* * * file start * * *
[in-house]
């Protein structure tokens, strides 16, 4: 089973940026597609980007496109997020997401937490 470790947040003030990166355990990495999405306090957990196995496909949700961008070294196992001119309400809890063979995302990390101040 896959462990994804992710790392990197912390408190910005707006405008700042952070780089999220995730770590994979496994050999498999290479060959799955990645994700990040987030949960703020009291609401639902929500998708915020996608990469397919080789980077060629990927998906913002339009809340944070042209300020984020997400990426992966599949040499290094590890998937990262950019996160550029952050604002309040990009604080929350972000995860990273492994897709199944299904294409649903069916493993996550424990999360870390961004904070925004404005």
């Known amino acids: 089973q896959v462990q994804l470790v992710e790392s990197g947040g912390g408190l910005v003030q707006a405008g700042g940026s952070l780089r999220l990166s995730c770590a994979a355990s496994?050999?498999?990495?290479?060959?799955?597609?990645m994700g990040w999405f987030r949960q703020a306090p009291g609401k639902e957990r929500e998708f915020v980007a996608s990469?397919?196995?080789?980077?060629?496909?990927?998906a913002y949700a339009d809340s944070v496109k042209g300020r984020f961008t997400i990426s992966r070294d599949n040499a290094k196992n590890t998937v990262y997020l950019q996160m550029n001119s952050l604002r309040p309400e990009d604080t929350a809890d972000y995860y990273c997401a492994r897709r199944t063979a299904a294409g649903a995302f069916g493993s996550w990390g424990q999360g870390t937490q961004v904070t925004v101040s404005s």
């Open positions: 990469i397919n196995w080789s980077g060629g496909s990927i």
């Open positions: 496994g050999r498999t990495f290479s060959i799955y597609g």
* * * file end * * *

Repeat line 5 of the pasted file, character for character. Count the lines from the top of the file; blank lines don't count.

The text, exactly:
């Open positions: 496994g050999r498999t990495f290479s060959i799955y597609g």